I pledge that if Part II of the Justice and Security Bill is passed with Liberal Democrat support, I shall no longer campaign for any MP who voted for it.

I do not think I am the only one to feel this way.

Please don’t let it come to this. Tell Nick Clegg he must tell Cameron to drop this bill, or see it defeated in the House.


Regards,
David Wright

Harlow

Dear Nick
Thank you for your letter about childcare. I am pleased to see your work in this vital area.

I would like to write to you about something which is quite important, and that is secret courts.

You say that you are concerned for new policy regarding in the area civil liberties, and that you are a liberal democrat to the core, and yet you seem to be willing to support the Justice and Security Bill. At the last Autumn Conference in Brighton, a vote was held to see if the party agreed with Bill’s extension of secret courts to any civil courts was overwhelmingly and democratically defeated.If you want to get a feel of how strong people feel about this subject, then please have a look at the following website, www.libdemsagainstsecretcourts.org.uk . You should also, by now, be aware of the strengths of the arguments which demonstrate as Lord Pannick said, that this Bill is “unnecessary, unfair and unbalanced”. As the leader of the Liberal Democrat party, you must also know the core values at stake, for our party as well as our country.

You may have this week, seen the excellent article by Andrew Tyrie MP and Tony Peto QC – “Neither Just Nor Secure” http://www.cps.org.uk/publications/reports/neither-just-nor-secure/. It is deeply disappointing for a member of the Liberal Democrats to see a Conservative MP leading the fight against this repressive, unnecessary and unfair legislation which contradicts Liberal Democrat core values so profoundly. I would have hoped that this fight would have been led by Liberal Democrat MPs and not MPs from other parties.

The Justice and Security Bill could not have more serious implications for civil liberties in the UK. We were quite rightly against identity cards, but we seem to be happy with this. It is essential that it does not become law. Time is running out. My understanding is that the Bill is likely to conclude its process through parliament, in the lead up to the Spring Conference in Brighton.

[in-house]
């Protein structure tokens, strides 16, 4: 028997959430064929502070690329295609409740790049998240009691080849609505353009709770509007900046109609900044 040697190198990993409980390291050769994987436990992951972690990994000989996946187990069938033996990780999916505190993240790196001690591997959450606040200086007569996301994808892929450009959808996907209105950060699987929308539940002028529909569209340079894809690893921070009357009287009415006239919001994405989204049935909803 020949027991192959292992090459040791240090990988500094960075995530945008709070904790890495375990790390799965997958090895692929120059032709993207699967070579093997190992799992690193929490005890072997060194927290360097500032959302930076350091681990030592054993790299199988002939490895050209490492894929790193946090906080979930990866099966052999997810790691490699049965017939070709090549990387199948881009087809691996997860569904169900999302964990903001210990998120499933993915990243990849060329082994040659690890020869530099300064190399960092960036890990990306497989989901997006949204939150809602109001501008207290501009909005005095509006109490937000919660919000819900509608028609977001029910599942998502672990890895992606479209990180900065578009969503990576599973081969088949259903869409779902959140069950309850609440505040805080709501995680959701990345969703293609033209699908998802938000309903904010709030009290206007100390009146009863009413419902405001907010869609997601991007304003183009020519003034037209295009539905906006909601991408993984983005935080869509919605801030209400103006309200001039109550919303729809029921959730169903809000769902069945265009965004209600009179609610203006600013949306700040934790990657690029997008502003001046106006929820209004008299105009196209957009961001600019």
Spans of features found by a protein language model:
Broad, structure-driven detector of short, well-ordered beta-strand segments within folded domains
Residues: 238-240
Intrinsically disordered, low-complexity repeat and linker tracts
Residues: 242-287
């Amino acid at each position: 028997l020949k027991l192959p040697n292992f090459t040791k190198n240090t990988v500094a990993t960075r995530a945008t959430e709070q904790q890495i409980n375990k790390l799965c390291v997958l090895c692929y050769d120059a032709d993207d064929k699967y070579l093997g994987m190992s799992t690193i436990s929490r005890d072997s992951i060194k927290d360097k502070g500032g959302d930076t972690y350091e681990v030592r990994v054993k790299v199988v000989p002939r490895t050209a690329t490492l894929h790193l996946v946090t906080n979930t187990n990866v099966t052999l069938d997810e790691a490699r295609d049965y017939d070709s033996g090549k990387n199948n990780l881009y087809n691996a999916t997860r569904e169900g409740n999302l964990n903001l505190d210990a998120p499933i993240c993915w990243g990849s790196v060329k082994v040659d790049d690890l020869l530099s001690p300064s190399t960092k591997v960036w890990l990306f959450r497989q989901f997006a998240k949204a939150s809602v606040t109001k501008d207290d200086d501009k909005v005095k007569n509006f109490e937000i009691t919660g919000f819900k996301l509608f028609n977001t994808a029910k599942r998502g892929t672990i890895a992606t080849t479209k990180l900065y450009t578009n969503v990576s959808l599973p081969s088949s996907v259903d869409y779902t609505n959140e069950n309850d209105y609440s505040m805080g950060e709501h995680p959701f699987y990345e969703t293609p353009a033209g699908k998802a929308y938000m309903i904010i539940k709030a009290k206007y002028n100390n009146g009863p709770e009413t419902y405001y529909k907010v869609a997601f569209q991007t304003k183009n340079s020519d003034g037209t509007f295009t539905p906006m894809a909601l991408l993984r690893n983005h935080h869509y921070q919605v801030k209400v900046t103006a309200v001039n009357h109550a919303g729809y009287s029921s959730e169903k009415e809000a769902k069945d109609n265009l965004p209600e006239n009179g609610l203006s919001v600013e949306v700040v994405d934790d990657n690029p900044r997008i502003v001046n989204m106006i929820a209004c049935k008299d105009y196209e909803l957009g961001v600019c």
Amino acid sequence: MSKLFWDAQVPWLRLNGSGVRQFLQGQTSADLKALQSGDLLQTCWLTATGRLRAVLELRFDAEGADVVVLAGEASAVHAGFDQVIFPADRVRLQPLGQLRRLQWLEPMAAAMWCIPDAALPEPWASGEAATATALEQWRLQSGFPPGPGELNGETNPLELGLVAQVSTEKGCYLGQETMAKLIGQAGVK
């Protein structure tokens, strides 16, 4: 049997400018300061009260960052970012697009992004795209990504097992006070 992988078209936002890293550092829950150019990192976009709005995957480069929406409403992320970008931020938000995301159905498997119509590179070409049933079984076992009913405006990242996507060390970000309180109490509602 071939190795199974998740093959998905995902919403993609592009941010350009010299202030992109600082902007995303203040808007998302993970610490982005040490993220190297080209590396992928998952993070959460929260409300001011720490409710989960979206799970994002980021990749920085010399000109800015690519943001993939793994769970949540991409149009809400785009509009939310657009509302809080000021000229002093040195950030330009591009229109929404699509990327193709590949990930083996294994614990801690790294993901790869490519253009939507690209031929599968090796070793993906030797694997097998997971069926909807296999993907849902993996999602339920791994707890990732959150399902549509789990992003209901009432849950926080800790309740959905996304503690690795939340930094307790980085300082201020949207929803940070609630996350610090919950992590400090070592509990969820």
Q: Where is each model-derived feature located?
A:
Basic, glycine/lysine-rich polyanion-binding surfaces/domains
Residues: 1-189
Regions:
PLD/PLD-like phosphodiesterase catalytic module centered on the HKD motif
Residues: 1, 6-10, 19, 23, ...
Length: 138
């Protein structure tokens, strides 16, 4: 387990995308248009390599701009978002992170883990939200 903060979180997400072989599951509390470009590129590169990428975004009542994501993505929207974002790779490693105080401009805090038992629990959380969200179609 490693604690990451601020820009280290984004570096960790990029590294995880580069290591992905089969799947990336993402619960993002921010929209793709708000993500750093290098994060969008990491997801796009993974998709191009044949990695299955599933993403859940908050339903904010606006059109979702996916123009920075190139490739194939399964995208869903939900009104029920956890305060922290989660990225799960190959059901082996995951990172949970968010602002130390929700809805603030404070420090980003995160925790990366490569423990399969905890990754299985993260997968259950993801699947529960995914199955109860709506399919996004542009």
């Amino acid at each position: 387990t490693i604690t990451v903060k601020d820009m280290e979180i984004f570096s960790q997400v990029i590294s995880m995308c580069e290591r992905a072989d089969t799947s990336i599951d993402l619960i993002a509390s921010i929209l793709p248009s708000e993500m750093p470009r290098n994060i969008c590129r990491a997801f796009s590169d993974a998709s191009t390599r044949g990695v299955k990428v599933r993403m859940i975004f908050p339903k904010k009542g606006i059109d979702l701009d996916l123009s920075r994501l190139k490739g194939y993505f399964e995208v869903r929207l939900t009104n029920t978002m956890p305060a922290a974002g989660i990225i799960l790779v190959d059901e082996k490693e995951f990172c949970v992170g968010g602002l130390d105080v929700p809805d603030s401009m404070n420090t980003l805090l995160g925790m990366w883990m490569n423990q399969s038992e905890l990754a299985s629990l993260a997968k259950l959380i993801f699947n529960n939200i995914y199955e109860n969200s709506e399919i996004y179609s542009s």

As you will know, the Bill is now being debated in Committee in the Commons. those who support CMPs say they will mean fairer cases and more trials being held with all the information being available to the judge. I completely disagree with this Bill on principle, and with the basis for those arguments. Jo Shaw has examined the proposed amendments (tabled in response tot he Joint Committee for Human Rights recommendations and Lords amendments) for the Committee stage with them in mind.

1. The Government ‘s proposed amendments to the Bill make the rules different for civilians and the government when applying for a closed hearing . There can be absolutely no justification for this. If CMPs (secret courts) are fair – which I do not believe and dispute, then they can and should be available on the same terms for all. By having different rules for civilians and another set for government, it shows that these courts are not fair or equal. We are all supposed to be all equal before the law, aren’t we?

2. Additionally the government’s amendments removes the test of last resort for CMPs, and removes the balancing test for the judge between the sometimes conflicting public interests in protecting national security absolutely, and fair and open administration of justice. The new test is simply “fair and effective administration of justice in the proceedings”. In other words, the wider public is fair and open justice is not considered in deciding whether or not to order a CMP. This is wrong in principle.

3. The government amendment also mean that confidentiality rings (a means of protecting national security without going to the lengths of secret courts) are unavailable. This makes CMPs more likely in a larger number of cases.

The government amendments were a test of the good faith of those who support this Bill. That test has been failed. The government amendments make this Bill worse, not better.

The proposed bill will make torture, and other things that happen in other countries happen in this country. Do you really want that? Is that the legacy in the field of civil liberties that you want to leave behind?

Please use your role as Deputy Prime Minister and act now to stop Part II of this illiberal and offensive Bill. History will not forgive our party or indeed this parliament if it becomes law.

Yours sincerely,

Gemma Roulston